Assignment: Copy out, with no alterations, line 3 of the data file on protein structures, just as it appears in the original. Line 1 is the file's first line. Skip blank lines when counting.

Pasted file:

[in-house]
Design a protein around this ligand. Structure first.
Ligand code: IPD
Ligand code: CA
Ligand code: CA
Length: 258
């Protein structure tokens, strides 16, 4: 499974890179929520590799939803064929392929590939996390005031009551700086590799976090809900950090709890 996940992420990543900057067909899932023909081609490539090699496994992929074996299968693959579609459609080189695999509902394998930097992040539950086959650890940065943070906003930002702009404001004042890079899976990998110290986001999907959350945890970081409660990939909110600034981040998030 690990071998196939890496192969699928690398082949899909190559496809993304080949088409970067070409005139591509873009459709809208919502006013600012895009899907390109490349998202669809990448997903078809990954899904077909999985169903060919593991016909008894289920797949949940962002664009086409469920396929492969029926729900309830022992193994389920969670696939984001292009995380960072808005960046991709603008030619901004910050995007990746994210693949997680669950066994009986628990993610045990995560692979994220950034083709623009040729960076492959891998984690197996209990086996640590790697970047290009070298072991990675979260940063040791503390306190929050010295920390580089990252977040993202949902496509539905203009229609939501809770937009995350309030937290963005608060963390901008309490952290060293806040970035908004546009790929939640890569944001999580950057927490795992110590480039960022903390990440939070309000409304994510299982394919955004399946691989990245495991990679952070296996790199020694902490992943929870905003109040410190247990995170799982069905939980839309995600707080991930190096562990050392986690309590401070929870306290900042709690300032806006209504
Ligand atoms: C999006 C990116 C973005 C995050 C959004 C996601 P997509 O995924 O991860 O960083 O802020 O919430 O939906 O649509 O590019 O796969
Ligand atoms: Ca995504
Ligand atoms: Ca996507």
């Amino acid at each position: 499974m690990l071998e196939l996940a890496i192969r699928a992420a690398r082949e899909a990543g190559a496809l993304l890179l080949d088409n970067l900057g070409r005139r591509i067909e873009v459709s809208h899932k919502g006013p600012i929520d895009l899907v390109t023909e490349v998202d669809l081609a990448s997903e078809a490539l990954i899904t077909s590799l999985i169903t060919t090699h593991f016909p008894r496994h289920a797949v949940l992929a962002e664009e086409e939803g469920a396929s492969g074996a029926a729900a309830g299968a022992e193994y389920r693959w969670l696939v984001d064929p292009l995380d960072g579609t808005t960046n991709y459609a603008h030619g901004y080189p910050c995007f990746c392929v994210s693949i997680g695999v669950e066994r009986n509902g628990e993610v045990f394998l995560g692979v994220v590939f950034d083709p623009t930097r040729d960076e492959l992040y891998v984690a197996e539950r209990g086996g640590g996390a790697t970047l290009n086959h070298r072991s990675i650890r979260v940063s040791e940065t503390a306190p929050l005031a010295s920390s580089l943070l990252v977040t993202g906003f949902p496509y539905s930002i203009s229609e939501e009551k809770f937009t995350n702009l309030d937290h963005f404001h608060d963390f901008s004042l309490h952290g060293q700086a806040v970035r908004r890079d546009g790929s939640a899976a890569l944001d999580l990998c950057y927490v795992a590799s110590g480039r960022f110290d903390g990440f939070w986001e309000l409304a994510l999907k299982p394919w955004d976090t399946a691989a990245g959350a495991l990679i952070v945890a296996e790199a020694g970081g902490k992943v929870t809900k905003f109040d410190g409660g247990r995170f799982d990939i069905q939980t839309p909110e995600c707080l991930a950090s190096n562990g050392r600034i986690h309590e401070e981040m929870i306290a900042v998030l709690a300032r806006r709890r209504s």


Ligand code: IPD